For dinner we went to a restaurant, where we had burgers and homemade ice cream. As soon as we finished, we went shopping in local souvenir shops.
All in all, today we focused on the diversity of marine inhabitants and could observe this variety in person.
~Kate Tatarkina & Anna Narzibekova
Today was my first time trying snorkeling. The beach was really beautiful, and I really enjoyed snorkeling in the ocean. I still remember when I first tried to put on the mask: I felt so nervous because the pipe was too short and I was so afraid that the water was going to get into my mouth through the tube. But, after I told my team leader Jack about my worry, he told me, “Frank, trust me, it’s going to be fine.” I tried and then I failed. The seawater was so salty, and tasted so bad. After millions of tries, finally I made it. I tried to go deeper and deeper, and the view was getting better and better. I took out my lovely IP6WP (IPhone 6 with water proof case) and started to take selfies under the water with seaweed and then I saw Gianna was swimming next to me and I asked her to take an underwater selfie with me. After the water got deeper and deeper, I saw lots of Sea Urchins (My best friend). I don’t know why they’d put some weird clothes on, but I could tell that they were my best friend, Uni. I don’t know why they were trying to pretend they didn’t know me and protect themselves, and that’s why I wrote a letter to them.
Dear Sea Urchin,
I feel we are so close but so far. We are so close because I just saw you under the ocean this afternoon. We are so far because you have been protected, I can’t put you in my mouth.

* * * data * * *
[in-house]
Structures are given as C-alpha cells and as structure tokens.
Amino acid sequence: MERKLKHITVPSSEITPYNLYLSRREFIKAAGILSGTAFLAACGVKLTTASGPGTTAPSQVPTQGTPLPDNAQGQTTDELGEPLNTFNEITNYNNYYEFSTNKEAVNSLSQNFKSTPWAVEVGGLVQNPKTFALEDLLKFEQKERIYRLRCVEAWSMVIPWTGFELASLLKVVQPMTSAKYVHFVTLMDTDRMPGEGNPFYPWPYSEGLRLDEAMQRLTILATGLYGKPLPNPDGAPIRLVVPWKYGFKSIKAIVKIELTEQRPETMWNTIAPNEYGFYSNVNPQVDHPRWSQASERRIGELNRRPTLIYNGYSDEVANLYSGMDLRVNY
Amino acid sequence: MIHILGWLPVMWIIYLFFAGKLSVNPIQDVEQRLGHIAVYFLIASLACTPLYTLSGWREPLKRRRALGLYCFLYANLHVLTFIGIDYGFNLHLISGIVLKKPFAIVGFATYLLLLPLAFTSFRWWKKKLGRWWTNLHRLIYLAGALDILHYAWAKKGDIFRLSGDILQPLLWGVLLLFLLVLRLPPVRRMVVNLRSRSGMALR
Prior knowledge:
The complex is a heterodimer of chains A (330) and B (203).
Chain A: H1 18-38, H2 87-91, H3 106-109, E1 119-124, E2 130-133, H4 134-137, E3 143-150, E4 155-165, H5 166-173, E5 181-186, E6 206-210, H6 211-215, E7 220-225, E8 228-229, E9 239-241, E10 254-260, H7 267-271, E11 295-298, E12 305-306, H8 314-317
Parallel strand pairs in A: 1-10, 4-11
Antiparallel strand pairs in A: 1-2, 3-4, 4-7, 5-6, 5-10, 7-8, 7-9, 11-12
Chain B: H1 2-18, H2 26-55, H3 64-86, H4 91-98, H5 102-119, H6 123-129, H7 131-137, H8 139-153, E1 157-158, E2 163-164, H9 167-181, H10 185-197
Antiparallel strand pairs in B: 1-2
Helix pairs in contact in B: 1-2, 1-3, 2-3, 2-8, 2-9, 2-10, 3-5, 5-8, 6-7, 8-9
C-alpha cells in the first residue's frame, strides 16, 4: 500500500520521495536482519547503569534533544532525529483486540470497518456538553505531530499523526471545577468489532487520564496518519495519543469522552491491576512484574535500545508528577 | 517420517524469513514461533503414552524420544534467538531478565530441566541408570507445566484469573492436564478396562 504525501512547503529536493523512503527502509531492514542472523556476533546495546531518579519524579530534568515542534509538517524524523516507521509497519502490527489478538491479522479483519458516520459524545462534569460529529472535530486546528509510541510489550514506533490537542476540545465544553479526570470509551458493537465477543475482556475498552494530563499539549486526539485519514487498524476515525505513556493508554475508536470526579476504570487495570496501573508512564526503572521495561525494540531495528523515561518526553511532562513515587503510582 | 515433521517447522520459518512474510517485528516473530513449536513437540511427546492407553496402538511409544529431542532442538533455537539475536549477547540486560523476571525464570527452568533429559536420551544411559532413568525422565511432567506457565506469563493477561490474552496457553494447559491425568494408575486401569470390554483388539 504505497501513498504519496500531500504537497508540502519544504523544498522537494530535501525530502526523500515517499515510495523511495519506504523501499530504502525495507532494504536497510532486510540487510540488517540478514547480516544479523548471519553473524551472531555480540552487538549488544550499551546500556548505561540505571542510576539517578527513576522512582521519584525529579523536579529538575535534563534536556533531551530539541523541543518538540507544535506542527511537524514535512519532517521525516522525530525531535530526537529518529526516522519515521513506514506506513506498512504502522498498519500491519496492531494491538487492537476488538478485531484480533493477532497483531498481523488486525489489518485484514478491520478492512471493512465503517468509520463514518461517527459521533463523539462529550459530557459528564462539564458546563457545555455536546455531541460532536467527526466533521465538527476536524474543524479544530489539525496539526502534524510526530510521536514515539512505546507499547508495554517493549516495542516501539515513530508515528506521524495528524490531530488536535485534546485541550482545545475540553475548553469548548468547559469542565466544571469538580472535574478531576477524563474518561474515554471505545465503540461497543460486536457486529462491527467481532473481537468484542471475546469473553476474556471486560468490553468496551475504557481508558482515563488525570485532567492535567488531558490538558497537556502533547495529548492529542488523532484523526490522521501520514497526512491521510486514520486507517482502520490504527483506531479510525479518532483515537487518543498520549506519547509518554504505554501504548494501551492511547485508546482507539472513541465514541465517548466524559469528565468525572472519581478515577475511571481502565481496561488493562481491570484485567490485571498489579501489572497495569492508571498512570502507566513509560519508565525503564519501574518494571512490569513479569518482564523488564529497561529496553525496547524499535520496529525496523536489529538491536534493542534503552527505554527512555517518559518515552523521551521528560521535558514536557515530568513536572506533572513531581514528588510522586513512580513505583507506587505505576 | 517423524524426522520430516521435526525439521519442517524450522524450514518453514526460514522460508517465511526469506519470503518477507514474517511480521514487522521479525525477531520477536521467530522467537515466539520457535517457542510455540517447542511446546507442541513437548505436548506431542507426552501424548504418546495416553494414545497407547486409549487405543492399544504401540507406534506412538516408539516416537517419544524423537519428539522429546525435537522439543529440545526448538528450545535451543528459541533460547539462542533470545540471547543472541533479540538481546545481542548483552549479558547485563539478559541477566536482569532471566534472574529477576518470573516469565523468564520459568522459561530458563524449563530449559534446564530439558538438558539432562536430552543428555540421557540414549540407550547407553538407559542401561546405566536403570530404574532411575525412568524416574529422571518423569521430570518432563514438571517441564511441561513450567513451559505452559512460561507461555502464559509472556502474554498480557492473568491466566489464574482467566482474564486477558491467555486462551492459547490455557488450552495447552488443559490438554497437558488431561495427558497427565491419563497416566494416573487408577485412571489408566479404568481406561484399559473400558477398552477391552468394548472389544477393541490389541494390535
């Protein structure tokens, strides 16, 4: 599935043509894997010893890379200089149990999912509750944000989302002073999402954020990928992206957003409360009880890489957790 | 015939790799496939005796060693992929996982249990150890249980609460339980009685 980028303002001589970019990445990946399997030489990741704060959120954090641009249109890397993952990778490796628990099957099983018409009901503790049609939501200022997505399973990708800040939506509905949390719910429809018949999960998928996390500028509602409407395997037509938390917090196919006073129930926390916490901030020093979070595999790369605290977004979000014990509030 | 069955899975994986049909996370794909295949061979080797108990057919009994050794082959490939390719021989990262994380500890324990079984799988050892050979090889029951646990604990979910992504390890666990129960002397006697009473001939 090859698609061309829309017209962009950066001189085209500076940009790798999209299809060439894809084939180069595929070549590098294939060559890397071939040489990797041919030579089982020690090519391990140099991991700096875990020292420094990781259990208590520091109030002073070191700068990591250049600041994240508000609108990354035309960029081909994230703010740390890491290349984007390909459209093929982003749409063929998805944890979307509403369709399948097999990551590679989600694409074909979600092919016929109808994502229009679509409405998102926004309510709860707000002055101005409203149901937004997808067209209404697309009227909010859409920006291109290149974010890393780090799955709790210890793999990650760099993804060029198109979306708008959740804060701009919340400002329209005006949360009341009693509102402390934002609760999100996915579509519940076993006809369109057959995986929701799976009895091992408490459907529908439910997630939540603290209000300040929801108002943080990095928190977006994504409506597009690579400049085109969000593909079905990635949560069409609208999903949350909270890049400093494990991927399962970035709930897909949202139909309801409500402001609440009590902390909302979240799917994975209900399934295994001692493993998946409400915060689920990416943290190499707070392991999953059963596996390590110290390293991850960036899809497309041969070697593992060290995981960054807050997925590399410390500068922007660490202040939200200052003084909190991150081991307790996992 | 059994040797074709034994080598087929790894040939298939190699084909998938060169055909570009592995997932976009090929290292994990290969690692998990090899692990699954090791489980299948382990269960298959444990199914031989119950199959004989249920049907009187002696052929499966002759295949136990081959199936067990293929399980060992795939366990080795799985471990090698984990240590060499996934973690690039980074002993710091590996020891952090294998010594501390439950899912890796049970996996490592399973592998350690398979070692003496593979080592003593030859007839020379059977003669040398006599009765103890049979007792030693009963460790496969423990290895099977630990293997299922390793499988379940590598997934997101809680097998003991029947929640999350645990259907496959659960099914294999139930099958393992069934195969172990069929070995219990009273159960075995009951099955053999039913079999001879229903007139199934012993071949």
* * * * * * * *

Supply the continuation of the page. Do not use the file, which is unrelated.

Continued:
The smell of French Toast at the breakfast woke us up in the morning, along with Stephanie’s birthday papaya. Today’s a big day for the scuba divers. I’ve been waiting for the scuba day since we got to St. John. However, the yoga after breakfast is still one of my favorite parts of this trip. We got to try some meditative unbelievable yoga poses like forearm stand (pincha-mirasanah) and pendulum. We spent the rest of the morning enjoying passion fruits and coconut from the trees and packing dive gears. A few of us gained some community service hours by helping VIERS.
After lunch, we hopped on the two dive boats from the dock. The boats stopped at the spot of the Tektite. In front of us was a wide-open mountain cliff. The ocean was aqua blue and crystal clear as always. The scuba divers were excited and ready to go after setting up our tanks and BCDs. It felt good to be able to breath underwater again. Also, we finally got a closer observation of the coral reef in St. John after dozen times of snorkeling. The coral reefs are growing back after the coral bleaching and disease events in 2005 and 2006. Soft corals, sponges, algae were abundant in that area. We went down to around 30ft. Some jacks, wrasses, trunkfish, squirrelfish and other kinds of fish were easily discovered. I even saw some sea walnuts (jellyfish) in the water. Our instructor pointed out a massive chain moray with its mouth open hiding in the cave. It creeped us out a little bit. There was a blue-purple anemone looks like a nudibranch drawing my attention away. The whole team got a opportunity to see the Tektite T-shape platform. We dived through a few narrow tunnels on the second dive. Scuba allows us to swim between the reefs. I personally felt like a part of the ocean. We saw a lot more gorgonians and Flamingo Tongues (mollusk). A trumpetfish about 2 feet long was wandering on the bottom. In the end, the dive instructor instructed me to do some buoyancy performances on the bottom like headstand and back flipping. The whole diving process was a pleasure and enjoyable. The snorkel group saw some squids on the surface that we couldn’t see. We also saw a sea turtle when we got back to the boat.